Tired of everyone using World 1-1 of Super Mario Bros. for sweaters, murals, quilts, etc.? Me too. I understand it’s a very recognizable game. It is arguably the most recognizable game ever created except for maybe Donkey Kong, Pac-Man, Space Invaders (maybe), and perhaps a few other classics. But it is also ugly, the color palette is not pleasant, Super Mario Bros. 3 was a much more aesthetically appealing game and also much more fun in my opinion. I wanted to do a mural for my son’s room and I wanted it to reflect happy memories from my childhood that I could hopefully pass on to him. My childhood is filled with great memories of video games and Super Mario Bros. 3 represents a nice chunk of those.
A little bit of background story: just found out my wife is pregnant with our second kid (we were trying) and our two and a half year old son will soon need to be transitioned from the nursery to a big-boy room. I wanted to make his big-boy room special for him, make it a fun place in which he looks forward to spending lots of time. I started this process about 2 years ago, got about half-way through the process and then stalled for a year and a half or so. Once I found out our second kid was on the way, I wanted to get the mural done as soon as possible so that our son could get used to spending more time in his new room and be comfortable in there when we finally moved him out of the nursery.
Anyway, here is my process:
Design the mural. Because I had a limited frame to work with: 12 feet by 8 feet where 1 pixel is roughly equal to 1 square inch, the resolution of this wall comes down to 131 x 82 pixels.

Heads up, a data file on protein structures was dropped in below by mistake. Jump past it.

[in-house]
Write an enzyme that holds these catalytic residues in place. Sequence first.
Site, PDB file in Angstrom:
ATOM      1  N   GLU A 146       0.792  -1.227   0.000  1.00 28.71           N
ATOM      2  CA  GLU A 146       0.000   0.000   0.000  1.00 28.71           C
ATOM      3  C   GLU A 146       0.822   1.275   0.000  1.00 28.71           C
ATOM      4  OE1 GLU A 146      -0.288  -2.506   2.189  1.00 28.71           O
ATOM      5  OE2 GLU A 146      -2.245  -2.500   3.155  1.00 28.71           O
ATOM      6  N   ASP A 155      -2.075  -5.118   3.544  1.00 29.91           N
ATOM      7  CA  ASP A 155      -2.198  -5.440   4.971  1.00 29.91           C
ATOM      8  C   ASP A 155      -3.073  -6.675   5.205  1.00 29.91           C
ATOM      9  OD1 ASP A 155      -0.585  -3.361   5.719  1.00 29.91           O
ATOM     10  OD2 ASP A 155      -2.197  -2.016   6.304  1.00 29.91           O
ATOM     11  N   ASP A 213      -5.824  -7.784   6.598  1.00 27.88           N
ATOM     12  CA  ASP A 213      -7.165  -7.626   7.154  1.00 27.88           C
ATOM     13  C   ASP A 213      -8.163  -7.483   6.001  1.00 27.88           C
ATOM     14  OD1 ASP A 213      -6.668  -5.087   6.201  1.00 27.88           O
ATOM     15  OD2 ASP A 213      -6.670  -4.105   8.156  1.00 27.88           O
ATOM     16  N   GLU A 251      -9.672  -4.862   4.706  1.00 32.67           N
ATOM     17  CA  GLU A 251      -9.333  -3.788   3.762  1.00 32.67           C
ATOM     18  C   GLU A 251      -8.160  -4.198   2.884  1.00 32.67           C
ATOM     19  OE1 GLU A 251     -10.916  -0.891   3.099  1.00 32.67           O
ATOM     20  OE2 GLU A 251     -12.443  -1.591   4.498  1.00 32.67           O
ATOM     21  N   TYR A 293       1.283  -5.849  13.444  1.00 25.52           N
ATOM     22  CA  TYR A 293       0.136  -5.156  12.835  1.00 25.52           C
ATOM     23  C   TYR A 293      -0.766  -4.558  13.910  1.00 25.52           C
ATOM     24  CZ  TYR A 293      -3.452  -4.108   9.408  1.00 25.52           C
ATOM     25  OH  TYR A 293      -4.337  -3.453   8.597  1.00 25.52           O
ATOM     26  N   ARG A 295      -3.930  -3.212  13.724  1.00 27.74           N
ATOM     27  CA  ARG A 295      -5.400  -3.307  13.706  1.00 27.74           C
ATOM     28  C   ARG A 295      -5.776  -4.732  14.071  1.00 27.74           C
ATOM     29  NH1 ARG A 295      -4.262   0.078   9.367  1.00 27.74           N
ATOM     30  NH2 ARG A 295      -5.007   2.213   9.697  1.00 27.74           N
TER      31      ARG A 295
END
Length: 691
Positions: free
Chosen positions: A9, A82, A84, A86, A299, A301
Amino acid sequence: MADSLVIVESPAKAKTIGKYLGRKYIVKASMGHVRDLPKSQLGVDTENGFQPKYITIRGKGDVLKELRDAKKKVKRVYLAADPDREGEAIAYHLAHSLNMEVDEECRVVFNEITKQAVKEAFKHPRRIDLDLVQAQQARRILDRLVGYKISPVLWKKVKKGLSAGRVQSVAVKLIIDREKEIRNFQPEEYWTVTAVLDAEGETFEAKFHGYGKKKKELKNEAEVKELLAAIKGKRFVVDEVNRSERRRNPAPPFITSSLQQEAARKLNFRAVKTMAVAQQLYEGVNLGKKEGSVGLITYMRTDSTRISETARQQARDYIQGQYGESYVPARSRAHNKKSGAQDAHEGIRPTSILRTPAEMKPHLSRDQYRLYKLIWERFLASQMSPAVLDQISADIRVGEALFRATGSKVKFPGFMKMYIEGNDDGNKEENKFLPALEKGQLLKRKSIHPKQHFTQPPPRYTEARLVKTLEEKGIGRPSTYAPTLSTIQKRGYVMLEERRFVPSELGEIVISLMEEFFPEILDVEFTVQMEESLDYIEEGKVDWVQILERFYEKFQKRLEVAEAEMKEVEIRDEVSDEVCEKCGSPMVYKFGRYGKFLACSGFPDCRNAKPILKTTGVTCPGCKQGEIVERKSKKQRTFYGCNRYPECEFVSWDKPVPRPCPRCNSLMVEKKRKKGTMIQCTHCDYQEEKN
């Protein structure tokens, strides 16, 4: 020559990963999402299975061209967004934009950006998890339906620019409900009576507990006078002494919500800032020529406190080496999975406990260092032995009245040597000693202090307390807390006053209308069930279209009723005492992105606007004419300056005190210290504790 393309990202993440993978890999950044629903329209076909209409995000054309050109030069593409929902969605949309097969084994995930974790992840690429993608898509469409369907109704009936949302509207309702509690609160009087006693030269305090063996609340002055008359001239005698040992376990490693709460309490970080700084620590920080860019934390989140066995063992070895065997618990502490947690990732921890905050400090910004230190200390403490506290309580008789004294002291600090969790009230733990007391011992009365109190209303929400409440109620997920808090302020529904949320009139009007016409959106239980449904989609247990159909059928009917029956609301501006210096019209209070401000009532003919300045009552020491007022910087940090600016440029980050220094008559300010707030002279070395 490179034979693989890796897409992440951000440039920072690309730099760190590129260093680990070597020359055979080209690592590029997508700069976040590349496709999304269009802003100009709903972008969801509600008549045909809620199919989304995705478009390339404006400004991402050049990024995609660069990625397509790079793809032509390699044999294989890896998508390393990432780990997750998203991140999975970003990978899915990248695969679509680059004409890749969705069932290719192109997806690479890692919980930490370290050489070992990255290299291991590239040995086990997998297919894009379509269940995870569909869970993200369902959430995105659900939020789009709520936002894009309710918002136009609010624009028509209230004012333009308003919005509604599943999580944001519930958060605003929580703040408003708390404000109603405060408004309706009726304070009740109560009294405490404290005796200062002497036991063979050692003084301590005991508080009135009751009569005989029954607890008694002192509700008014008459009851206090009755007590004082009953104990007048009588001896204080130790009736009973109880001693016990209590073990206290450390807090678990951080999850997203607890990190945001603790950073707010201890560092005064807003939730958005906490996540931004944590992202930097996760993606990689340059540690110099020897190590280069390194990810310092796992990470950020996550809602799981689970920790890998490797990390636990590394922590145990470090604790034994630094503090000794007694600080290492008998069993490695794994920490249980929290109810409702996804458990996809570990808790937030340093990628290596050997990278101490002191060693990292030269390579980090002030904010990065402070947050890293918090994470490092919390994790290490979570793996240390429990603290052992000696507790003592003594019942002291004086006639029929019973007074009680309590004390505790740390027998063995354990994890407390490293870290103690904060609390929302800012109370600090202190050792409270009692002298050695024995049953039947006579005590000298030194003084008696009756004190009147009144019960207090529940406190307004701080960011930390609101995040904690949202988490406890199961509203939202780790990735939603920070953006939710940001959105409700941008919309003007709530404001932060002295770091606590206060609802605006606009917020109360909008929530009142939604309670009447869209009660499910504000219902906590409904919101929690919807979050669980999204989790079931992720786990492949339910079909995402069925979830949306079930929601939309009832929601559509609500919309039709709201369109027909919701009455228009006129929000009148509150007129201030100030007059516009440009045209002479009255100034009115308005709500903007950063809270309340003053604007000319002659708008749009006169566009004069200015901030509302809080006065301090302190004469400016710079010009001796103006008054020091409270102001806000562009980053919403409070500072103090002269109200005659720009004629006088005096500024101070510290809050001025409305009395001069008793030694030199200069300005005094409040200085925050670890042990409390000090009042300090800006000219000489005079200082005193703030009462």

In Super Mario Bros. 3 you can’t see much in such a small window, so I had to move elements around to make it look more appealing. All of these elements did come from World 1-1, just moved around slightly.
Prime the wall. Using yard stick and #2 pencil, draw a humongous grid.
Continue drawing lots of lines. Fill in the black outlines as a guide.
Once your pencil outlines are done. Procrastinate for about a year – year and a half dreading the thought of having to paint in all those tiny, tiny corners.
Using black acrylic paint, start painting in the black outlines.
Mixing water with the acrylic paint as described on the tube was a mistake. The question mark block lines bled all over the place.
Become frustrated with the acrylic paint, get some Behr wall paint samples and try adding some color to mix things up.
Paint blue edges around everything to make rolling the background color on a little easier.
Last step: Paint in the clouds to hide the grid lines…
Other angles, and close-ups: